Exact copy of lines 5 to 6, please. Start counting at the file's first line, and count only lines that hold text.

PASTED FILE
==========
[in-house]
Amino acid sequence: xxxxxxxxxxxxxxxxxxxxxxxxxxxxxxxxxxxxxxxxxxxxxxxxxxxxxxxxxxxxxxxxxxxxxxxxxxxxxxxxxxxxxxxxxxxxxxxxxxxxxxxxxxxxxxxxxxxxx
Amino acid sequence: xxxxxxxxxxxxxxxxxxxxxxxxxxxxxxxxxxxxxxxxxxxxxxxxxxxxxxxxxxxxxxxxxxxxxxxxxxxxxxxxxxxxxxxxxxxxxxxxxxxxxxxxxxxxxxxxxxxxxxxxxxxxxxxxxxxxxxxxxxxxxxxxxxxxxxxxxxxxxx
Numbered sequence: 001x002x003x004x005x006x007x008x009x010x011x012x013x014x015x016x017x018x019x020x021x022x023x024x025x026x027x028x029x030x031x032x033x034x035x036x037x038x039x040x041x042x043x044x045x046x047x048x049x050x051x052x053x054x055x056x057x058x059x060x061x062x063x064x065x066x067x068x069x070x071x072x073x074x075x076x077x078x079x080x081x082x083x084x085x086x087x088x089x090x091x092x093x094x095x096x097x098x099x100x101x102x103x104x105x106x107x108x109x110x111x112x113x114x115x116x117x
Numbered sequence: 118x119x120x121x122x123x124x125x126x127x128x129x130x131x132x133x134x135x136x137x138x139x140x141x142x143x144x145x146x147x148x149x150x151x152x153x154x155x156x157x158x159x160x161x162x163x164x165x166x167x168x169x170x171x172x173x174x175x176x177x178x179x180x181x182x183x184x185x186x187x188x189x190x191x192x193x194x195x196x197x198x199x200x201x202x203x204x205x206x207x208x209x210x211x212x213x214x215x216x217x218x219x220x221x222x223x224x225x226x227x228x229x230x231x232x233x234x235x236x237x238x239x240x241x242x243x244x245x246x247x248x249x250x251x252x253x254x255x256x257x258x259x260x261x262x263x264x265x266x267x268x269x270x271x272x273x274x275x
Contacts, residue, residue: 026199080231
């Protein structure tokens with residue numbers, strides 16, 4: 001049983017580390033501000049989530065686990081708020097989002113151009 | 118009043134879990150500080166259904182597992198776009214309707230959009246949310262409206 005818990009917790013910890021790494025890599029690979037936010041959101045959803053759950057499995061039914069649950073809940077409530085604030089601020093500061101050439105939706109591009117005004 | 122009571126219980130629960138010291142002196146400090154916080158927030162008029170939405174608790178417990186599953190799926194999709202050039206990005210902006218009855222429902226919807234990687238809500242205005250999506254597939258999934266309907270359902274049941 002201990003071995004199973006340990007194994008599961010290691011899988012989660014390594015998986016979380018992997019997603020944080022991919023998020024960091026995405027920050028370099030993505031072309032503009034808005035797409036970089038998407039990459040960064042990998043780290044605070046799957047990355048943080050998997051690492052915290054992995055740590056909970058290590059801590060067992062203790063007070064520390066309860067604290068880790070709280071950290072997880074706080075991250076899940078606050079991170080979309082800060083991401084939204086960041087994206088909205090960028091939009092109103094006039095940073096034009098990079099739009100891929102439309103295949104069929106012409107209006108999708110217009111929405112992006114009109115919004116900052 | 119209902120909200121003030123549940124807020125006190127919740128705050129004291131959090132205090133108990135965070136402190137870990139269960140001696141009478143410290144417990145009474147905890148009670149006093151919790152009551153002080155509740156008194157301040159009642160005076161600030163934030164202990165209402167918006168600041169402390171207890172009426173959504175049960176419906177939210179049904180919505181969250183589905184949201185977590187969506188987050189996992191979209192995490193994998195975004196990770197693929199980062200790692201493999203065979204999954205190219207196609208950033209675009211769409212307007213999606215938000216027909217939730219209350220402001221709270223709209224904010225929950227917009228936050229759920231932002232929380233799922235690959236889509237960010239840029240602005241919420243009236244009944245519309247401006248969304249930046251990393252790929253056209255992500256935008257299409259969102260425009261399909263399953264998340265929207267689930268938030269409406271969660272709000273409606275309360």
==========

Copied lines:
Numbered sequence: 118x119x120x121x122x123x124x125x126x127x128x129x130x131x132x133x134x135x136x137x138x139x140x141x142x143x144x145x146x147x148x149x150x151x152x153x154x155x156x157x158x159x160x161x162x163x164x165x166x167x168x169x170x171x172x173x174x175x176x177x178x179x180x181x182x183x184x185x186x187x188x189x190x191x192x193x194x195x196x197x198x199x200x201x202x203x204x205x206x207x208x209x210x211x212x213x214x215x216x217x218x219x220x221x222x223x224x225x226x227x228x229x230x231x232x233x234x235x236x237x238x239x240x241x242x243x244x245x246x247x248x249x250x251x252x253x254x255x256x257x258x259x260x261x262x263x264x265x266x267x268x269x270x271x272x273x274x275x
Contacts, residue, residue: 026199080231